Deterrence and Crime Prevention: Reconsidering the Prospect of Sanction

Deterrence and Crime Prevention: Reconsidering the Prospect of Sanction, by David M. Kennedy.

I’d like to post my review of this book (recommended by a commenter on my earlier post on Trump and Chicago) in the form of an open letter to Donald Trump.

Dear President Trump,

Since your election as President you have often mentioned your desire to help Chicago bring its obscenely high murder rate under control. I believe you are in a uniquely powerful position to do so.

While nobody is sure what initially caused the dramatic uptick in homicide in Chicago in the last few years, gang-related gun violence clearly has spiraled into an ever-widening vicious circle. The sheer number of shootings has outstripped city resources and overwhelmed the CPD’s ability to effectively identify and prosecute suspects. Fewer than 11% of Chicago homicides have been cleared with the charging of a suspect so far in 2017.

Study after study has shown that both swiftness and certainty of punishment are needed to effectively deter criminal activity. The CPD has been unable to provide either for homicide. Thus, murder is effectively legal in many Chicago neighborhoods, and murderers are free to kill again and again.

The resulting lawlessness feeds on itself. Witnesses are more certain that they will be killed if they “snitch” than that their testimony would secure jail time for the murderer they could identify. Gang associates of victims, if there are any, take justice in their own hands in order to protect their own since the police cannot, and their surviving targets come back and do the same, in a never-ending cycle of revenge killings.

In his comprehensive review of deterrence data for many types of crime, Deterrence and Crime Prevention: Reconsidering the Prospect of Sanction, David M. Kennedy argues that police departments can restart a deterrence regime by articulating a clear, credible intention to investigate and punish the NEXT several instances of a crime that previously has been committed with impunity in a given area. For example, in an initiative in Boston called Operation Ceasefire, police held a series of meetings with known drug gang members, informing them that the next shooting involving a member would result in enhanced enforcement efforts against the entire gang across the gamut of possible charges against them. Several months passed before the next drug gang shooting; one year out, gang-related homicides had dropped to a third of the previous year’s rate.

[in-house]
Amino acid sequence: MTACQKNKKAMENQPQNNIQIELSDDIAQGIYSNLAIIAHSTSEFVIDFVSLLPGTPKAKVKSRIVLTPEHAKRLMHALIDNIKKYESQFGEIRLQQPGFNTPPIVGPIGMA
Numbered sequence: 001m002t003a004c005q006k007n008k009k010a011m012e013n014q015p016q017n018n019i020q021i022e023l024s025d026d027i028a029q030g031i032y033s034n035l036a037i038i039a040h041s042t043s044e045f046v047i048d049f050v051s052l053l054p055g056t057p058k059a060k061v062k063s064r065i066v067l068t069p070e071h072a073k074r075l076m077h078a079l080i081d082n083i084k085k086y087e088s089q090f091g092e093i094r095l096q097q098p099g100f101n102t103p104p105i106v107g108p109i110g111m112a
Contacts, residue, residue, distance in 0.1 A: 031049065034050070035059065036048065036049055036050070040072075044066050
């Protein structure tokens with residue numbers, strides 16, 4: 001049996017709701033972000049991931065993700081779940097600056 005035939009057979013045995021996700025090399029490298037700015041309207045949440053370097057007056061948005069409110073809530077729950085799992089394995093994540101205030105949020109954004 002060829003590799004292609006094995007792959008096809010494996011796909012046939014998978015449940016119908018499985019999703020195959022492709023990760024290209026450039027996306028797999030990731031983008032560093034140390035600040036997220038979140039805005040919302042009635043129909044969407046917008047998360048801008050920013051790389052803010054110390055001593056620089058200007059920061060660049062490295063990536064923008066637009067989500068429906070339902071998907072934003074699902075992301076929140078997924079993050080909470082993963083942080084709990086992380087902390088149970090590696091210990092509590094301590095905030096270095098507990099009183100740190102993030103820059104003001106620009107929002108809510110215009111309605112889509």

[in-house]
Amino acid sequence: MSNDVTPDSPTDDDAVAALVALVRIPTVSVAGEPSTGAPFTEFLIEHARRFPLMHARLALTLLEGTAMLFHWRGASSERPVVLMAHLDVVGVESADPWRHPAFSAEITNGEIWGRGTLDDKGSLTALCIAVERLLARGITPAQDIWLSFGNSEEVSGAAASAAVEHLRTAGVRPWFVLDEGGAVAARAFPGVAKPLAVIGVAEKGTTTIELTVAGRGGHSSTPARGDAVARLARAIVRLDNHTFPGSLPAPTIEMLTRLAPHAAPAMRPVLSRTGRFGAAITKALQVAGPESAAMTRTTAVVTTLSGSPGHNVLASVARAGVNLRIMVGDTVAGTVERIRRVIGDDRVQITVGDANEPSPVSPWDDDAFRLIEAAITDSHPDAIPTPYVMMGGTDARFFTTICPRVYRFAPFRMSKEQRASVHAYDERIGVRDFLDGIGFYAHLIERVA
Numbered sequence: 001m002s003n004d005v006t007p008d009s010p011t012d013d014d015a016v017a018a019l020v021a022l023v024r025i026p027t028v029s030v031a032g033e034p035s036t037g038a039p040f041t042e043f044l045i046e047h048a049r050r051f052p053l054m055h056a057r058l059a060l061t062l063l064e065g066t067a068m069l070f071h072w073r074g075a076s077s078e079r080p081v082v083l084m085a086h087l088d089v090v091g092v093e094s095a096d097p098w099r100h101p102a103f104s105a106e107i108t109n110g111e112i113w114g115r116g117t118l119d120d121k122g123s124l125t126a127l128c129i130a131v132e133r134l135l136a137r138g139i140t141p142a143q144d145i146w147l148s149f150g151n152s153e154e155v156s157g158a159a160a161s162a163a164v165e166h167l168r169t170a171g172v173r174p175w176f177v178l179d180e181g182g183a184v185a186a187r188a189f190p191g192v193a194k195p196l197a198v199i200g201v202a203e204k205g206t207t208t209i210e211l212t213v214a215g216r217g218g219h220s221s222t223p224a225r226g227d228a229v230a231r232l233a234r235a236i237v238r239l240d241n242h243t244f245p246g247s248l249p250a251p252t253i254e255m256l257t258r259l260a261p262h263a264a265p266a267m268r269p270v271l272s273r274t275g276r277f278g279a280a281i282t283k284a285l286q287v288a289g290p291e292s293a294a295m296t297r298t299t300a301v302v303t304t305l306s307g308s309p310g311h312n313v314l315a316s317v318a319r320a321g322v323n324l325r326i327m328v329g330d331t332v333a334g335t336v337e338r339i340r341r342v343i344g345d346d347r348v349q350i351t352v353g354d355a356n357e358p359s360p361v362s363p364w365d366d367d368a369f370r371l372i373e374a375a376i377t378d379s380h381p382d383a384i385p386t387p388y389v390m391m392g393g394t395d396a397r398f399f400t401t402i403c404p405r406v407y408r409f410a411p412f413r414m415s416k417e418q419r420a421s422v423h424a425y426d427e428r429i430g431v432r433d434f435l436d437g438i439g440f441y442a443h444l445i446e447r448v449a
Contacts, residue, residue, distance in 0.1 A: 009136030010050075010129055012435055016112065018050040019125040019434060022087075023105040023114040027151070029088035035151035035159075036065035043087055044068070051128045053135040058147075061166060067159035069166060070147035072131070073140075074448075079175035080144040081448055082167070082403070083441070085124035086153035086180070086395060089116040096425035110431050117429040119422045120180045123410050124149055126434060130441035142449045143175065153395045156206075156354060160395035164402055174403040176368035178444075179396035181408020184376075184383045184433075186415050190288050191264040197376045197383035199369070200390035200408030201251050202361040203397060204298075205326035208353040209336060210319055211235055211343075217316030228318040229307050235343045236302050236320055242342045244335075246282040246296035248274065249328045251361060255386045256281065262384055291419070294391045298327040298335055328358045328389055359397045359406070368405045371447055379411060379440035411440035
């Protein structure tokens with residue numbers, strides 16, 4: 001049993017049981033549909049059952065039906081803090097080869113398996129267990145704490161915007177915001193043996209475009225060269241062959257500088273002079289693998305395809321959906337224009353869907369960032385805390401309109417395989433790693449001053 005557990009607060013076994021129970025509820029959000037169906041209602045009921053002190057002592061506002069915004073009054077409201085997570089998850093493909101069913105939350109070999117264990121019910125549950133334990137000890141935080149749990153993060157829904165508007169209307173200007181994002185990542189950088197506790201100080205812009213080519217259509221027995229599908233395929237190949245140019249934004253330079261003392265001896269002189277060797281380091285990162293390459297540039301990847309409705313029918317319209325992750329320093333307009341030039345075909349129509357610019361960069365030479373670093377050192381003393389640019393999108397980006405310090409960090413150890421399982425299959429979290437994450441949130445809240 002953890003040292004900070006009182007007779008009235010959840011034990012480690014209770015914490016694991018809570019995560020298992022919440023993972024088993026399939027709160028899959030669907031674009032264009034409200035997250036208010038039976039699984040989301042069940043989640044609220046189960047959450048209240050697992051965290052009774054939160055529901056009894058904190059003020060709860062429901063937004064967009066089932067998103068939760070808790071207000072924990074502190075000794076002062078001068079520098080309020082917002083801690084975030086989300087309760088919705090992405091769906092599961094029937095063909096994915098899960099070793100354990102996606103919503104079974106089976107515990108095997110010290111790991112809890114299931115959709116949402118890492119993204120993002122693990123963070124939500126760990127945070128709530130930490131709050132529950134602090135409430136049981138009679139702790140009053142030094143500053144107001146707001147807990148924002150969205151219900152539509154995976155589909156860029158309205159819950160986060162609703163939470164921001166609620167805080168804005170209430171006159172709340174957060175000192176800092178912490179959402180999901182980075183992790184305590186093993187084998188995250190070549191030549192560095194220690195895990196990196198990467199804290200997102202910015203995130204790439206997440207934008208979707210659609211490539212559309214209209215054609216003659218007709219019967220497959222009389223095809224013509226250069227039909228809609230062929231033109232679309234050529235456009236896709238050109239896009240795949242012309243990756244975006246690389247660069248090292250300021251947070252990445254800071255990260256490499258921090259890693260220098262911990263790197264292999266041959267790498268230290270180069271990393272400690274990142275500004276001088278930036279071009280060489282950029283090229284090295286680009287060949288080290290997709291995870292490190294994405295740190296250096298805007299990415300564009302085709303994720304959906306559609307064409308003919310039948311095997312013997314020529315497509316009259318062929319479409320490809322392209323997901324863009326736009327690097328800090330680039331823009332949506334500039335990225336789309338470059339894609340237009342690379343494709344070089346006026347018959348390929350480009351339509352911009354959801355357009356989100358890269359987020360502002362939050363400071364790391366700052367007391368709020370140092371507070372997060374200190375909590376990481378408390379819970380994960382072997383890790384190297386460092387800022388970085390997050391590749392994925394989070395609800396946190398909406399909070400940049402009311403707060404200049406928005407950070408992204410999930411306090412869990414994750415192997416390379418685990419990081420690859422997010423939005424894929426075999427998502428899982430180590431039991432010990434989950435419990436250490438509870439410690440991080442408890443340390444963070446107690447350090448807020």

What took Boston police months of man-hours, to identify gang members and set up face-to-face meetings with them, could be accomplished by you in a single tweet. Nobody is able to speak directly to so many people as you are, and nobody in political life has as much credibility in following up on promises as you do either.

I sincerely believe that if you announced that you would send a team of FBI investigators to assist the CPD with the next 10 shooting deaths in Chicago, with the full resources of the federal witness protection program at their disposal, the gang-related shooting homicide rate in Chicago would drop to zero overnight. If it then began creeping up slowly, CPD would have a renewed opportunity to enforce the law and maintain a credible deterrence regime against homicide.

If the program were successful it could be replicated in a number of other American cities which are experiencing similar crises, saving thousands of lives and transforming countless violence-blighted neighborhoods into peaceful communities. If it is not, all you’ve lost is a few work weeks for a handful of investigators and a small drop in the ocean of the federal law enforcement budget.

This could be huge!

Sincerely yours,
Sheila Ralston, Chicago.


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